More trouble for ex-trooper accused of causing crash that killed teens

Nearly three years after authorities say he hit and killed two teenage girls, a now-former Georgia state trooper is in trouble again.

Police were called to an auto repair shop in Paulding County last month after the shop’s owner recognized Anthony “A.J.” Scott from the fatal 2015 crash and asked him to leave. The exchange became heated, and Scott allegedly threatened the business owner, according to a police report.

Scott is facing misdemeanor charges in the deaths of Kylie Lindsey, 17, and Isabella Chinchilla, 16, who were killed in Carroll County in September 2015. The girls were in the back seat of a Nissan Sentra traveling through an intersection when Scott’s patrol cruiser smashed into the side of the car.

Lindsey and Chinchilla died of their injuries. The driver, Dillon Lewis Wall, then 18, and front-seat passenger Benjamin Alan Finken, 17 at the time, were critically injured.

RELATED: Ex-state trooper indicted in crash that killed 2 Paulding County teenagers

Scott was driving 90 mph in a 55-mph zone seconds before the crash, but he tried to slow down before impact, according to authorities. Scott, who was fired from the state patrol, was not on an emergency call and was not trying to stop a vehicle at the time, Capt. Mark Perry of the Georgia Department of Public Safety has said. 

MORE: Ex-trooper driving 91 mph before fatal crash indicted on misdemeanors

Scott’s case has languished after his latest indictment on charges of reckless driving and speeding was challenged, thrown out and appealed, court records show. A trial date has not been set. 

He serves as a council member for the city of Buchanan in Haralson County, a position he won just two months after the deadly wreck.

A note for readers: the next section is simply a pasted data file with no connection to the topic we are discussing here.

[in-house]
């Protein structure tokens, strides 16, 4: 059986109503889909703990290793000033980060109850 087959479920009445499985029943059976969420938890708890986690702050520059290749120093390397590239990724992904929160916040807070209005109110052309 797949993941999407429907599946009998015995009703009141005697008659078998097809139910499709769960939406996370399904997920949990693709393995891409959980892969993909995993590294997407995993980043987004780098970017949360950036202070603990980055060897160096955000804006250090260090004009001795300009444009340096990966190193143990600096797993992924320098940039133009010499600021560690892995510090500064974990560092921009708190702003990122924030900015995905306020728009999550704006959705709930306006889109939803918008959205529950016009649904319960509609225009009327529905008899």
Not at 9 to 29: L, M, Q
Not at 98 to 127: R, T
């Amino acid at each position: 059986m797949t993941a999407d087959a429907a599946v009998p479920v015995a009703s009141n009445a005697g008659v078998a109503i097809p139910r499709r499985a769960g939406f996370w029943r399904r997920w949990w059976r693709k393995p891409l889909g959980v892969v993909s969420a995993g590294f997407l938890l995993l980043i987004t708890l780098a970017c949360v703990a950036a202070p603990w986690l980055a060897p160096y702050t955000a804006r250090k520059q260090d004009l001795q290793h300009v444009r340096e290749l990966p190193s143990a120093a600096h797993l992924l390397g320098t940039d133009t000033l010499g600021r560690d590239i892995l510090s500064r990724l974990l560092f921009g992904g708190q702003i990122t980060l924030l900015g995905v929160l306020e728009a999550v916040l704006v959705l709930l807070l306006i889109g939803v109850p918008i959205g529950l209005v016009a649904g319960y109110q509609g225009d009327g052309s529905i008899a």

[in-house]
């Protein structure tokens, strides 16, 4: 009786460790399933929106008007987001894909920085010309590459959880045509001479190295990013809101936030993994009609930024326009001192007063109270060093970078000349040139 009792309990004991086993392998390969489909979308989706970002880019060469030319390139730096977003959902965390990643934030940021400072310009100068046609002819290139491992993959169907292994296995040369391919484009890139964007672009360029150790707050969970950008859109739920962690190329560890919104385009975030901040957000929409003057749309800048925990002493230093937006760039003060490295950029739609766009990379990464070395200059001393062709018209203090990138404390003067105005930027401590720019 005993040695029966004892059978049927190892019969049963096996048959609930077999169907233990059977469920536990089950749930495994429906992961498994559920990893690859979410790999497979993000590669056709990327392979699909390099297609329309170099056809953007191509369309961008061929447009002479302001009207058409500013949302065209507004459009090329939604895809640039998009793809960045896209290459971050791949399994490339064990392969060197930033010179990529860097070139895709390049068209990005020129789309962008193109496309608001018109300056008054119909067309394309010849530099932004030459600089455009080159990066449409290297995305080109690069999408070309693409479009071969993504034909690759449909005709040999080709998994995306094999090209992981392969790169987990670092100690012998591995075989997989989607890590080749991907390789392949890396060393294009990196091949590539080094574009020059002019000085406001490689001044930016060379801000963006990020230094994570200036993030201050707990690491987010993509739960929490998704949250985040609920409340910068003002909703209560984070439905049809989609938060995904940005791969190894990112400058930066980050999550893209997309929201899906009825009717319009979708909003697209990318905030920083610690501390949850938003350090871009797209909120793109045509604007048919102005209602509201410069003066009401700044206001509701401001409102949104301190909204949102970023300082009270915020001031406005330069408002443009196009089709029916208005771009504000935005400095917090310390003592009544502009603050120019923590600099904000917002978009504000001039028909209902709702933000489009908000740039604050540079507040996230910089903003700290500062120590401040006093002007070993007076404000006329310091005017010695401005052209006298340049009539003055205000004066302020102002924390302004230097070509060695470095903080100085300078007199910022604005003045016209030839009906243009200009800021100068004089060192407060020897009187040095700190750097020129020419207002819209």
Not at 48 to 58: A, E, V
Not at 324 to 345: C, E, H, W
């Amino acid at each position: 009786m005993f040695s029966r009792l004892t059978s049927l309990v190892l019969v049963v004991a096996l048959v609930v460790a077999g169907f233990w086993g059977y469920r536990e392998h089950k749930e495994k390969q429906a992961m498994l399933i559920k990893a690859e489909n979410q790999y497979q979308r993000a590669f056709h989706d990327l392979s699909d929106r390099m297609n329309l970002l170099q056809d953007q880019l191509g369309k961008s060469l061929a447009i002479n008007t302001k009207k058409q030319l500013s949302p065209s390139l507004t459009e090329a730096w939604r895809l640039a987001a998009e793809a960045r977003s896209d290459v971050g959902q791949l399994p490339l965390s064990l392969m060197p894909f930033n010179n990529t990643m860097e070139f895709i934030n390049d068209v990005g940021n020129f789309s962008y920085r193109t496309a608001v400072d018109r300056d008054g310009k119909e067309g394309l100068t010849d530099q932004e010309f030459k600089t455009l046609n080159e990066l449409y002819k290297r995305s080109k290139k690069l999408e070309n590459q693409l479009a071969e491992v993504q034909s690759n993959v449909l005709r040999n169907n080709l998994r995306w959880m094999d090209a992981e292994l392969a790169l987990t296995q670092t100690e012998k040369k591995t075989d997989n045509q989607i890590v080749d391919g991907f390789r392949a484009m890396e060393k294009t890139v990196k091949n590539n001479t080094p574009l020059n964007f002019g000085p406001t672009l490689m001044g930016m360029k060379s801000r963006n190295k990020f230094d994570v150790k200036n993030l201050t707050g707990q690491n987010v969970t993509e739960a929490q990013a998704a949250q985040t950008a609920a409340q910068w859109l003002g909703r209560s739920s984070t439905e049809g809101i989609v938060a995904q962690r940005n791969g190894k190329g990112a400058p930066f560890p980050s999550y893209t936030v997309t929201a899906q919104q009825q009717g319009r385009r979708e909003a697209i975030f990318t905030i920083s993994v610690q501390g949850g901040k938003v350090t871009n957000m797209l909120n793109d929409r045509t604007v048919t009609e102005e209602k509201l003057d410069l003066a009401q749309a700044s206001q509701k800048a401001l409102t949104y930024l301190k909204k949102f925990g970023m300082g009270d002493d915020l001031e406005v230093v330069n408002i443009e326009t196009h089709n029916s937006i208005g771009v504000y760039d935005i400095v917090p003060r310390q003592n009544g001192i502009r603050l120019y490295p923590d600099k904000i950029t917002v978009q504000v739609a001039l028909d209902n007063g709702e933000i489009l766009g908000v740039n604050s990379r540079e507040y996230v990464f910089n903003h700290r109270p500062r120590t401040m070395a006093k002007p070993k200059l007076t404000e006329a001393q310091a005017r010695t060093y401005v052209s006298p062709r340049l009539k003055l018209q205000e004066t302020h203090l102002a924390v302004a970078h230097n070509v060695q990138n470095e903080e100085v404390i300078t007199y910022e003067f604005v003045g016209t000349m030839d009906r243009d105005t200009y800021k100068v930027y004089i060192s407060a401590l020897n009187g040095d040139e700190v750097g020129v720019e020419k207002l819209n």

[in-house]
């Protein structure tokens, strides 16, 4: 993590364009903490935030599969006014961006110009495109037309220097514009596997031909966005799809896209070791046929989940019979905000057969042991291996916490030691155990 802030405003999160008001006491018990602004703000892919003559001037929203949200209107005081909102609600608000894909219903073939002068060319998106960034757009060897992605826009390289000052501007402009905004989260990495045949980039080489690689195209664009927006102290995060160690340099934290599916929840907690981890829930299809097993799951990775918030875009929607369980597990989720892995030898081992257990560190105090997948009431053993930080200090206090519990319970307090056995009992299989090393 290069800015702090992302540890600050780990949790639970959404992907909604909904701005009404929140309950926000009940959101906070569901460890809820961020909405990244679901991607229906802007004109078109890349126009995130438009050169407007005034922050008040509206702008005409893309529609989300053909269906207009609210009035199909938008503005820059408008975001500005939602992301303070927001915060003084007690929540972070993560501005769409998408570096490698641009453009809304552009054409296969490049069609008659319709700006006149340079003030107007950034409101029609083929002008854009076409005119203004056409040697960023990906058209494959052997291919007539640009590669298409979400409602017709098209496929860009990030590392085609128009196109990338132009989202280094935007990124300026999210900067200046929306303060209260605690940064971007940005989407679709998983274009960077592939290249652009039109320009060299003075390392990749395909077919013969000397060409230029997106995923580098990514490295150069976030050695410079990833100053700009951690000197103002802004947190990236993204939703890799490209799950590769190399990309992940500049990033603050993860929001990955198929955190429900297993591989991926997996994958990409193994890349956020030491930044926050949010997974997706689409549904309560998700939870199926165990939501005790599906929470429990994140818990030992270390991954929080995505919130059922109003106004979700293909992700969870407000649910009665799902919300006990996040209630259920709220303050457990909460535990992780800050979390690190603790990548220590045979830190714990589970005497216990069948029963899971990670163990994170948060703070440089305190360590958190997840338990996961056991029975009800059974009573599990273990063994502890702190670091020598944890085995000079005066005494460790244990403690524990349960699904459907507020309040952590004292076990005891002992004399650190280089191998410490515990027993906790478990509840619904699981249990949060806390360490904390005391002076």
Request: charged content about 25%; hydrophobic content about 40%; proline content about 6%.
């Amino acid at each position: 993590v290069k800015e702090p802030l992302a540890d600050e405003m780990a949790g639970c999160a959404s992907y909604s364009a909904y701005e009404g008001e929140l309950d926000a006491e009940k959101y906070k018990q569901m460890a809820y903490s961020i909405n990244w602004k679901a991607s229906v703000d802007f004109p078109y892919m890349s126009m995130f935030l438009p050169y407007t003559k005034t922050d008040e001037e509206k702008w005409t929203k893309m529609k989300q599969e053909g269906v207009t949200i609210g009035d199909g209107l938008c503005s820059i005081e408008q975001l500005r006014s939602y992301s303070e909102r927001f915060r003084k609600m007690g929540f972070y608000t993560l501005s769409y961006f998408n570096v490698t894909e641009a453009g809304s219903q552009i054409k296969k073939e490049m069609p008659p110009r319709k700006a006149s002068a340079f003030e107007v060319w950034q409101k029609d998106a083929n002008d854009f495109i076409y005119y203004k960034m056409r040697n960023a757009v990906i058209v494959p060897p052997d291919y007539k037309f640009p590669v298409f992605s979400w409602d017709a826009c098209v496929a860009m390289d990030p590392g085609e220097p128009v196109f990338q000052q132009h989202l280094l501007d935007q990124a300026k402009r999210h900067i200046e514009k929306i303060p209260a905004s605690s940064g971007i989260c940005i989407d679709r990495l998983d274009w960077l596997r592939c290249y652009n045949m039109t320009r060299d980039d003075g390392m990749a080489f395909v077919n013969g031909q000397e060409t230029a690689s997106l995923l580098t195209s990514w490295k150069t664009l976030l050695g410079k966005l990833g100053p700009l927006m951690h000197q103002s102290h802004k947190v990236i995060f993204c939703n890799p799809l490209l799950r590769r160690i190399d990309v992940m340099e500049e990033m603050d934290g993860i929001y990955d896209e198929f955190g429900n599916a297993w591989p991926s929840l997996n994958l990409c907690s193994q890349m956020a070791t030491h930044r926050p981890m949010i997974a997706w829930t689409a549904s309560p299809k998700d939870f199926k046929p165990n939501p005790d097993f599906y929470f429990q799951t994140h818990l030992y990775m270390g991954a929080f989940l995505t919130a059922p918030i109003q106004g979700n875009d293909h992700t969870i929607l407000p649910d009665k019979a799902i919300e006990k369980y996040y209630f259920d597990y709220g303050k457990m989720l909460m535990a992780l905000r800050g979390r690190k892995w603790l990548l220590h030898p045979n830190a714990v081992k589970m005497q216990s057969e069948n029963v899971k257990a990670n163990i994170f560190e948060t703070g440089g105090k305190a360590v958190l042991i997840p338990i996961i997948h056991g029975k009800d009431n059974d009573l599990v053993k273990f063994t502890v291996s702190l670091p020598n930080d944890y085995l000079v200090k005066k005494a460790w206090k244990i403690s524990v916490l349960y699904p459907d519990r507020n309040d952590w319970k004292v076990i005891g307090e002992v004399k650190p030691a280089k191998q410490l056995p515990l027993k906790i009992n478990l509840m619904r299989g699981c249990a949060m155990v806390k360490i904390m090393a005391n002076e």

MORE: Ex-trooper fired after wreck that killed teens wins city council seat

The Lindsey and Chinchilla families said they are still waiting for justice for their girls. The latest incident further calls Scott’s character into question, Chinchilla’s aunt, Tracy Tatum, said in an interview with Channel 2 Action News.

“Our families, Kylie’s family, Isabella's family, we're deeply disturbed and again disappointed,” she said.

According to a police report obtained by AJC.com, the owner of Dallas Hydraulics called Dallas police July 10 after he refused Scott’s business and Scott threatened to "whoop his (expletive)," and began beating his chest. Scott allegedly told the man to “watch the video again.”

The owner said he could “not do business with a murderer.” His employee knew one of the teenage girls who was killed, he told police.

Scott left before officers arrived. The situation was diffused, Scott’s attorney Mac Pilgrim told Channel 2.

“The man was very aggressive, was very confrontational with A.J.,” he said. “But he didn’t go looking for an argument, he didn’t go looking for a fight.”

No charges were filed. The city of Buchanan has not offered a comment on what impact, if any, it could have on Scott’s role on the city council, Channel 2 reported.

Support real journalism. Support local journalism. Subscribe to The Atlanta Journal-Constitution today. See offers.

Your subscription to the Atlanta Journal-Constitution funds in-depth reporting and investigations that keep you informed. Thank you for supporting real journalism.